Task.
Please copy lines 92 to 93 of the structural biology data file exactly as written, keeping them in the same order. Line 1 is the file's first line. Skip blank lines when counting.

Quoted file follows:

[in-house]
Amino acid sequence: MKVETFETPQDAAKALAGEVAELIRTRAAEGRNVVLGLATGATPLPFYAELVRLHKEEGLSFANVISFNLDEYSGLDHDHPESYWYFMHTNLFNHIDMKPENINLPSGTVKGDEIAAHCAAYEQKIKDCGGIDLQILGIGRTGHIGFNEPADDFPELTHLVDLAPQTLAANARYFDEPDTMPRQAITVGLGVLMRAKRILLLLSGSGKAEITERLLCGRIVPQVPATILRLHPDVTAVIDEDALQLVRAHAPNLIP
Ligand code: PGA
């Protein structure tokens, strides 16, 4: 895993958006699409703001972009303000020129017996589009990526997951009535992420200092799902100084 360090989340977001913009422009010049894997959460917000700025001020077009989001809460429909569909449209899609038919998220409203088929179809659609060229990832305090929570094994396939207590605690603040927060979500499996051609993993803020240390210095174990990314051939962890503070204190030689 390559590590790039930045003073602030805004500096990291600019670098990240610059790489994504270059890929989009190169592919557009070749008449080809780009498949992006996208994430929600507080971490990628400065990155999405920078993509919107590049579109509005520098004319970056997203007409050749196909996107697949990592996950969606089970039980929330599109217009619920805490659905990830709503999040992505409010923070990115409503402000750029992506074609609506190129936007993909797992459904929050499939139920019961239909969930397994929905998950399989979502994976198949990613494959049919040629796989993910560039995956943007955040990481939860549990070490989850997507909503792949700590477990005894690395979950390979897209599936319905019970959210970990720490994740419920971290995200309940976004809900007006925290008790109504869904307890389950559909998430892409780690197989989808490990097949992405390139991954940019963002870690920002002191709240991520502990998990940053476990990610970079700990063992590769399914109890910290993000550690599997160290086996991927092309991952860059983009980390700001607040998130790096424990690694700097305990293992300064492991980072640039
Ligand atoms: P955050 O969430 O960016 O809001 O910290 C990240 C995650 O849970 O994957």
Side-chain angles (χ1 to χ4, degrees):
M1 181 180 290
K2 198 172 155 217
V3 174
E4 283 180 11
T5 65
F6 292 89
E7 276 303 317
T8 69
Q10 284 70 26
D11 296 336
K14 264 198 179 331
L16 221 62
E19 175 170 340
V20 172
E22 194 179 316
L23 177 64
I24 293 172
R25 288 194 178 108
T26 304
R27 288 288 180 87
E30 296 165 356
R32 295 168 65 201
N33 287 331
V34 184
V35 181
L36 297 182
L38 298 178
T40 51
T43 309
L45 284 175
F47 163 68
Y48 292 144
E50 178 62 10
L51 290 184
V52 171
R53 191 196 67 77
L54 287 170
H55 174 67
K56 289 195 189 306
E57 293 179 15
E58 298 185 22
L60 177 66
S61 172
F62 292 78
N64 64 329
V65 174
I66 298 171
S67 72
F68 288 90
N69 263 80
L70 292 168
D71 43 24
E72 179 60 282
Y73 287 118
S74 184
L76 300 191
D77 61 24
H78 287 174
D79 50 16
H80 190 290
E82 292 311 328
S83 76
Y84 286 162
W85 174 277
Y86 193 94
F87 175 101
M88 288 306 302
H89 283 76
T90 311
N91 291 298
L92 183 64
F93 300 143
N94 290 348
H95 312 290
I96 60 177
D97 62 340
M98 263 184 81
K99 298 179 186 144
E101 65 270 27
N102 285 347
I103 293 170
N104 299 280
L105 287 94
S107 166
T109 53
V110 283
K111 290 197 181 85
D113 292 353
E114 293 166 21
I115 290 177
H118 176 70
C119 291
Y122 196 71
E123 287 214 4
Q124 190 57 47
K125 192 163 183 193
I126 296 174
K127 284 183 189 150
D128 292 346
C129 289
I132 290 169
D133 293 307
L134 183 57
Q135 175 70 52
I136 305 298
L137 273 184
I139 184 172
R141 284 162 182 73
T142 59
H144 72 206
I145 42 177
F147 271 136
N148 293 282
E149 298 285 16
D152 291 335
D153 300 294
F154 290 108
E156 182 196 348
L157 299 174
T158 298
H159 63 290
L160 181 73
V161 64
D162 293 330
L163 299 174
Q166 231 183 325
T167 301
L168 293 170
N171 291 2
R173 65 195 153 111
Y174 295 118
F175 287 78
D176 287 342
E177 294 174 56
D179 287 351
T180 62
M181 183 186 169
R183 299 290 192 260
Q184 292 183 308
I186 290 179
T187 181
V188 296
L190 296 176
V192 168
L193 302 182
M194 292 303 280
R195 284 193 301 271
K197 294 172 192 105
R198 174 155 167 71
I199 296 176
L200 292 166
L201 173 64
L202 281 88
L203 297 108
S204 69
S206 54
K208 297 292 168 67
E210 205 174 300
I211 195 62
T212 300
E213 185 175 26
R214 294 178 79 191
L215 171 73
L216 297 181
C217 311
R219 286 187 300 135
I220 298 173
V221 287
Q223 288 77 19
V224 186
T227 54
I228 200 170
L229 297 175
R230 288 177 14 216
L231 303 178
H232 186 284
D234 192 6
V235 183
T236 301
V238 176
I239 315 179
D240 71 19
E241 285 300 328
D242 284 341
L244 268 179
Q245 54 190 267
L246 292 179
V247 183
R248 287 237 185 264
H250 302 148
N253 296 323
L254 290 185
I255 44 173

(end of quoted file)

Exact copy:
V110 283
K111 290 197 181 85